By 2020, additive manufacturing has finally become a mature technology that can be used in more and more areas of production. Over the past decade, it has completed the entirety of the technology hype cycle, finally reaching peak productivity.
Custom fixture system produced by Pankl Racing Systems using Formlabs technology
Despite the recent advances in 3D printing technology, many 3D printer owners are still not as profitable as they thought. One of the biggest reasons for this is low equipment utilization: equipment is not used frequently enough. Underutilization can be caused by a lack of applications or inadequate technology, and a serious lack of design skills for additive manufacturing in-house. When designers and engineers don't know how or when to use additive manufacturing, they create expensive parts of poor quality.
In addition, there are three reasons why additive manufacturing is difficult to make profitable.
1. Additive manufacturing processes are still misunderstood
Although 3D printing equipment manufacturers continue to introduce industrial 3D printing equipment with better efficiency and performance, part design will never truly be optimized for 3D printing design (DFAM, design for additive manufacturing ) if users are not familiar with the basics of the additive manufacturing process.
For example, DLP and FDM 3D printing are getting faster and better materials every year. However, neither technology can overcome the need for support materials. By redesigning with the goal of eliminating support materials, Blueprint engineers have a new design that is only 33% of the original cost to produce. While it does not differ in performance from above, it is much faster to produce due to some simple understanding of 3D printing design optimization.
Designs with self-supporting structures are just one way to reduce time and material consumption and can be performed on many technologies including DLP, FDM, DMLS, stereolithography, and more.
Many 3D printing service providers find low return on investment for their machines, frequent print failures, difficulty removing support materials or excess powder, and complaints about the inadequacy of 3D printing technology.
2. Lack of availability of additional design software
The design of complex geometric shapes originates from the world of digital art: concept design, video game design and illustration. The software and engineers used to make these designs are completely different from the engineering CAD software used to make the parts. Additive manufacturing introduces a new design discipline that brings manufacturability to optimal design, breaking the limitations of traditional manufacturing design processes.
To fill this gap, many software companies are faced with the challenge of designing geometrically manufacturable parts. Here are a few examples of these products and their current limitations.
Autodesk Generative Design is a simple tool that generates geometry to connect anchor point features. To this day, it still does not enable 100% manufacturable designs and the output needs to be adjusted or completely redesigned based on the generated results.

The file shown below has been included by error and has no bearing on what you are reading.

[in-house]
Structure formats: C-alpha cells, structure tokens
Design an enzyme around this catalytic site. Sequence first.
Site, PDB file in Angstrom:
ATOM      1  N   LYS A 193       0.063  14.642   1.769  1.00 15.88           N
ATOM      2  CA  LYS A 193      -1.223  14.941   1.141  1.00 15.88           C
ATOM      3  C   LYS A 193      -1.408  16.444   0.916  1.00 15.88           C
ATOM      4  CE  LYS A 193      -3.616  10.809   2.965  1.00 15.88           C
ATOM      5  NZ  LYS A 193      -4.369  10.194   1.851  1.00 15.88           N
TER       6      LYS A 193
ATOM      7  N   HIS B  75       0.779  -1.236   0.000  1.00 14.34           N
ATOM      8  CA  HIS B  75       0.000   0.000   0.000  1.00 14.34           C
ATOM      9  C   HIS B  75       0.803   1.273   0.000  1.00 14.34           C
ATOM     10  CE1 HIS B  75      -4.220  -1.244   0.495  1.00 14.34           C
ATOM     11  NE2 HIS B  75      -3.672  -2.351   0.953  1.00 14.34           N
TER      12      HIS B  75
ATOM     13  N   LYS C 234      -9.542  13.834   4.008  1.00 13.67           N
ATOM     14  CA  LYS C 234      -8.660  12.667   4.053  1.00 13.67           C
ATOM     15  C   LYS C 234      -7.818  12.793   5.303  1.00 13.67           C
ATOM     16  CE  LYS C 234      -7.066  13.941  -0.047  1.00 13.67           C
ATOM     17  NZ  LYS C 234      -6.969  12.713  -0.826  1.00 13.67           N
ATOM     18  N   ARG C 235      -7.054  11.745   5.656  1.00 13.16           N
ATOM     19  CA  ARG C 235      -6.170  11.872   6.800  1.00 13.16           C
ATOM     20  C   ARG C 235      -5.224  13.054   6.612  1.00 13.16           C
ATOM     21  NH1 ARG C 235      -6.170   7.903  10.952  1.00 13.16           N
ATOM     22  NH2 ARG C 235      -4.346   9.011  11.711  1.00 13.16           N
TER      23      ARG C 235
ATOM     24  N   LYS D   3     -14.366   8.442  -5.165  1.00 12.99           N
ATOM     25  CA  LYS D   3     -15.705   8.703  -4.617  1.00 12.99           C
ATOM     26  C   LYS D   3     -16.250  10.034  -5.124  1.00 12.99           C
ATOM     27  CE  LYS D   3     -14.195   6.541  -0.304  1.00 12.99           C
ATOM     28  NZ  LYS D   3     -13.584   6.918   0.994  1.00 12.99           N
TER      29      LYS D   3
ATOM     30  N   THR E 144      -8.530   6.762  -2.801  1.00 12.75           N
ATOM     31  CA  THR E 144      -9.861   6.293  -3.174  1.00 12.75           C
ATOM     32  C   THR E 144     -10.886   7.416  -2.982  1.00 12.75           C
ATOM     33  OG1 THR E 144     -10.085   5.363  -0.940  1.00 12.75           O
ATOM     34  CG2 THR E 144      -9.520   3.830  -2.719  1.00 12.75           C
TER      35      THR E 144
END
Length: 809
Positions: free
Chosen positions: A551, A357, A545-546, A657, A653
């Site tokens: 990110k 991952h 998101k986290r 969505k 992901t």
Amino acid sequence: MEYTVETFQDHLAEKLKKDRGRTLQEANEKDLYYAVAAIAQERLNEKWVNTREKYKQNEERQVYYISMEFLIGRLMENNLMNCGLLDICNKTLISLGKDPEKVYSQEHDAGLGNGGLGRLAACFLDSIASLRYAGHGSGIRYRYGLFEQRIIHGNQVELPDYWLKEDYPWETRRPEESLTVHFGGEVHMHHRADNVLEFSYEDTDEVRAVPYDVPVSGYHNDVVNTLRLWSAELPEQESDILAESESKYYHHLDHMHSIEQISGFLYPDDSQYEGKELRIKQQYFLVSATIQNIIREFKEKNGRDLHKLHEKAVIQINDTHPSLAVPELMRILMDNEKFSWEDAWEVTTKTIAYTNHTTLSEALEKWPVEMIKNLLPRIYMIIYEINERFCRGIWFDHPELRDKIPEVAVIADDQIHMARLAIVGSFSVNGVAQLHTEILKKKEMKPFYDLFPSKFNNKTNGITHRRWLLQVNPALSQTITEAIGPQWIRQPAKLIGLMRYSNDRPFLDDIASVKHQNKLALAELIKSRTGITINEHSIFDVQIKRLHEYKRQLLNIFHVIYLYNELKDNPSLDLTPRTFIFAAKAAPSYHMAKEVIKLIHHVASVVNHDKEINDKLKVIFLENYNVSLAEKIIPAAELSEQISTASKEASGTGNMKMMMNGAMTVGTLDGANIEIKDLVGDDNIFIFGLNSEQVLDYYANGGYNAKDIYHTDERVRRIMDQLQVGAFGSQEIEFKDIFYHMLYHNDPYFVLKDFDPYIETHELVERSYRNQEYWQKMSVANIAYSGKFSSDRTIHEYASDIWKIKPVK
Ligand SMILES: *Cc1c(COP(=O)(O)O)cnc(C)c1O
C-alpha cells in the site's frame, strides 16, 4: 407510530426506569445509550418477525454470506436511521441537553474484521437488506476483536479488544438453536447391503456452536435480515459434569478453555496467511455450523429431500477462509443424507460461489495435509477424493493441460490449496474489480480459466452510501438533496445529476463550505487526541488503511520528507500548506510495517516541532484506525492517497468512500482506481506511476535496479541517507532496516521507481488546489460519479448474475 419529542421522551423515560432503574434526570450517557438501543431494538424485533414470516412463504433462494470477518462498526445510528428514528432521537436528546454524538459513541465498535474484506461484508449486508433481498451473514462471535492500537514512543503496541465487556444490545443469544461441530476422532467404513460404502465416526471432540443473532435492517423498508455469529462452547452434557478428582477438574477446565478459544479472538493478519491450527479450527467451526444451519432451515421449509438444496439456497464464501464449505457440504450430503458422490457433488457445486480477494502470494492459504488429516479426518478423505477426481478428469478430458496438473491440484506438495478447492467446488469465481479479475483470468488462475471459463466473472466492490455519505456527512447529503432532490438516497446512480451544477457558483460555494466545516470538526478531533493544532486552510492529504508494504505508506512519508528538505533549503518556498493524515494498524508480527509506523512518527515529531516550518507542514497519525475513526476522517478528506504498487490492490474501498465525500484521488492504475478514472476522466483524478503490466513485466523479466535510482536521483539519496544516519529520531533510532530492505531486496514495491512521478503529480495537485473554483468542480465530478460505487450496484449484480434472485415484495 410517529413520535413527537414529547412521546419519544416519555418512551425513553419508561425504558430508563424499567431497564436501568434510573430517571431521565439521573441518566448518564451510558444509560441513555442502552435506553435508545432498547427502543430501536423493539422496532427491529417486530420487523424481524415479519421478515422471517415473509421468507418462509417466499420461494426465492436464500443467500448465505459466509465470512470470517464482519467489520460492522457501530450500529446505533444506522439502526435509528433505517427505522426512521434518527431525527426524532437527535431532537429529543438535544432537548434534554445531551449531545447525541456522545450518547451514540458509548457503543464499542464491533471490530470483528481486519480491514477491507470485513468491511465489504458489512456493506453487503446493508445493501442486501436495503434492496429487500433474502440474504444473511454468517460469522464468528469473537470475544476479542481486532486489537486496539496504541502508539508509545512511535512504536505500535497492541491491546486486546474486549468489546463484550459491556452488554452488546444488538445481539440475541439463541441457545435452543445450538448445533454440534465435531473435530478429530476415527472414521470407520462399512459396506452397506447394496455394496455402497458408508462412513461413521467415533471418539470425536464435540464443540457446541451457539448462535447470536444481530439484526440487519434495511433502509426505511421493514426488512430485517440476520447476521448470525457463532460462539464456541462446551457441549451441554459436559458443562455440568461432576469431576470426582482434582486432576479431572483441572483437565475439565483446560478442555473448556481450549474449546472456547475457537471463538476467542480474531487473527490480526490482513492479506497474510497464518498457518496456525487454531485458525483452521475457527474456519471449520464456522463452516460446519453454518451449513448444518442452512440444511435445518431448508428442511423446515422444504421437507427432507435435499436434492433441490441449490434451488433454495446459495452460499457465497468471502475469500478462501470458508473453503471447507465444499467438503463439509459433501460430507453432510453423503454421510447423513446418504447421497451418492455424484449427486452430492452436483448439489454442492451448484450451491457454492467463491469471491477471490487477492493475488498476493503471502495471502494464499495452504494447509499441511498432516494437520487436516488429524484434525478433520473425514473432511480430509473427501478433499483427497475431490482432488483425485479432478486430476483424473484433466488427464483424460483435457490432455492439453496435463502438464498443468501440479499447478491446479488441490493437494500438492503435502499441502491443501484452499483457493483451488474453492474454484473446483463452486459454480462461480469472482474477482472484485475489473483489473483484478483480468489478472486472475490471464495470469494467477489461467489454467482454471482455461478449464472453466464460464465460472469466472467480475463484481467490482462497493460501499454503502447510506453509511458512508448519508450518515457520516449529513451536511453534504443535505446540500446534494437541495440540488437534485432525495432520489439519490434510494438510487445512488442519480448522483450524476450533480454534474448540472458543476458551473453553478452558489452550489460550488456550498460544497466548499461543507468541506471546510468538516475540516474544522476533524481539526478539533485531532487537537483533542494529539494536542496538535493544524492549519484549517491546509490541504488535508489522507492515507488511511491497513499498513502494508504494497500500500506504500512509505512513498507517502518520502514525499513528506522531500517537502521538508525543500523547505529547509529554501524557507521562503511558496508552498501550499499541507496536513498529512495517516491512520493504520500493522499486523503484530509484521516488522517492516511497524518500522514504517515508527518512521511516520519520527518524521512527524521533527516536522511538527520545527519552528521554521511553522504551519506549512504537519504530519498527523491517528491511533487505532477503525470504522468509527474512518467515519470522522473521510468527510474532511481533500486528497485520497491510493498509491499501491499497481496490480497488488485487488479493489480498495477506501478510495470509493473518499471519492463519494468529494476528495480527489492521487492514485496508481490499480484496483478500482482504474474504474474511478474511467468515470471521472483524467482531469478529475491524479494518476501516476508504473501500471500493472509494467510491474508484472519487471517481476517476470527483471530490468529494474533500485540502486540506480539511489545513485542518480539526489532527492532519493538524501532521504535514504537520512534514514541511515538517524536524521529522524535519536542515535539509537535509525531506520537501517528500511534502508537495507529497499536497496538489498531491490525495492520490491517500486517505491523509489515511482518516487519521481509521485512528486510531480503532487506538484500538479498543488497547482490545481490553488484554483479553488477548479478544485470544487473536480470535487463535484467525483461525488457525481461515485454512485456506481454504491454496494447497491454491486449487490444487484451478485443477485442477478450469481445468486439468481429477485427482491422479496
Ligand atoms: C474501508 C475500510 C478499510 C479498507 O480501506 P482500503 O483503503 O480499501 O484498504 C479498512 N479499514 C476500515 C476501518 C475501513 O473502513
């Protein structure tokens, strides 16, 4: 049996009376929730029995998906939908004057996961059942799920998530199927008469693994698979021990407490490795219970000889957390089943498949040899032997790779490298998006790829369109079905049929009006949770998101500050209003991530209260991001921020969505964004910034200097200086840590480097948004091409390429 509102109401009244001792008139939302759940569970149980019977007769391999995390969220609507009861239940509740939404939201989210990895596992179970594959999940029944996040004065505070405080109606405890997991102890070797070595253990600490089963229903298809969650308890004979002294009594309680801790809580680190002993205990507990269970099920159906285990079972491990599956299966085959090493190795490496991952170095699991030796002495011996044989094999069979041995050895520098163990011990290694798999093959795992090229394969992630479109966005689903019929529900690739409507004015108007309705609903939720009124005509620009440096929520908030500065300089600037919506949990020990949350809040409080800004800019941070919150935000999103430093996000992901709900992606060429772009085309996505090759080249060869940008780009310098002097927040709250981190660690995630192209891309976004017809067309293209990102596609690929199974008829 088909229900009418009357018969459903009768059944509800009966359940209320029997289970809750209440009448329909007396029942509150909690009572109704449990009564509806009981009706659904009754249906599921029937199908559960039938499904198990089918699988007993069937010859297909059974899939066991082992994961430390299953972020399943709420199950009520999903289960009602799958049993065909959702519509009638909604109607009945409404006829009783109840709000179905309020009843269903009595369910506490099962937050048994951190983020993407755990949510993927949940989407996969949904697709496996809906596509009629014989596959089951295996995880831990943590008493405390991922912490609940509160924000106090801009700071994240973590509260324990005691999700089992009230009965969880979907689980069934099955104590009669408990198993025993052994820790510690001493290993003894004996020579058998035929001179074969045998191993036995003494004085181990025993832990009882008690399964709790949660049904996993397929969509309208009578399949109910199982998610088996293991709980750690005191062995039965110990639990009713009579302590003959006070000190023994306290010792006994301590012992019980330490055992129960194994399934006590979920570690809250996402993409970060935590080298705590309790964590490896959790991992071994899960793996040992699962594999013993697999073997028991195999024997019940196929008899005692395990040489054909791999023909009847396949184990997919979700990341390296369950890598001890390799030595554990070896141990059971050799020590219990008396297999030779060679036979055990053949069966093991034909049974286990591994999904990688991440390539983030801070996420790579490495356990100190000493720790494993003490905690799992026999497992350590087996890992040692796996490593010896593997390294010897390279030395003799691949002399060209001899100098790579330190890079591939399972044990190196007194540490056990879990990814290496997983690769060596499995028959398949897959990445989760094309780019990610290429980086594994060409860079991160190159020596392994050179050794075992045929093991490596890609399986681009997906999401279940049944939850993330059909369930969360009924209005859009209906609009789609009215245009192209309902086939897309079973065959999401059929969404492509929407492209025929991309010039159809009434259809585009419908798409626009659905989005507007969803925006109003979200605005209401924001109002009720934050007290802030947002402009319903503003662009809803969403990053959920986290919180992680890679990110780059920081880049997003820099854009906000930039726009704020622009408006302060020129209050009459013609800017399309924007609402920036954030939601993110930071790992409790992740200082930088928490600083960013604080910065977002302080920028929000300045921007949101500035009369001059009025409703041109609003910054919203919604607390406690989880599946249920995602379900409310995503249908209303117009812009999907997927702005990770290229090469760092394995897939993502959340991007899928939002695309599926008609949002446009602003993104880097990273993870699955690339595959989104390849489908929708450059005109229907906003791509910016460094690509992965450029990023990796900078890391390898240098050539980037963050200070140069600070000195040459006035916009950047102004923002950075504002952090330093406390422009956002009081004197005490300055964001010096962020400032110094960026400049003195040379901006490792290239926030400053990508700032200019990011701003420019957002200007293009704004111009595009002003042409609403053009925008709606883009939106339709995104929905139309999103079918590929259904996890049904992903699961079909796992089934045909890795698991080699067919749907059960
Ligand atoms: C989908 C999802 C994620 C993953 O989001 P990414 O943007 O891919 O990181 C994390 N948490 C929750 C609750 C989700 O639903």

Materialize 3-Matic offers a variety of 3D printing design optimization modules ranging from part lightweighting to digital texturing. The process of using it can be complex as it relates to the manufacturability and file integrity of the output mesh file, so it remains a concern.
nTopology introduced nTop, a promising new software that combines the generation of design shapes with easy-to-understand geometric patterns. It is a fairly new software that has not yet been tested for widespread adoption.
Users must accept the fact that there is no perfect design software yet, and we should focus our efforts on selecting the type of software needed to create value and use it.
3. No additive manufacturing mindset
Unless additive manufacturing is introduced at the beginning of the product lifecycle, it will not generate much value. Without support from all departments to embed additive thinking from the beginning of a project, the necessary CAD data, requirements analysis, or design resources are not available, leading to failure and wasted effort.
Thinking about additive manufacturing for prototypes, designers should embrace the "agile" nature of additive manufacturing at all stages of product development, assuming that each part needs to be 3D printed twice: once for testing and once for use.
Additive manufacturing is often seen as too expensive or too fragile for fixtures and tools. Adding auxiliary parts to increase strength and reduce material use is a way to improve design performance and economy.
Additive manufacturing thinking must drive two things in the design of production 3D printed parts: guaranteeing functionality (including surface quality, mechanical loading, and economy), and goals (weight reduction, cost reduction, and improved functionality). Designers should abandon traditional manufacturing assumptions and start anew with these two considerations.
3D printing requires new thinking and collaboration across multiple departments. While traditional manufacturing methods have tied designers to manufacturability, the flexibility of additive manufacturing liberates designers in ways never before possible. And, while 3D printing shifts control from the manufacturing process to the engineer, it can make designers miserable due to waste (whether it's time, materials or iterations).
This is why 3D printing optimizes design skills and is so important to achieving the desired benefits.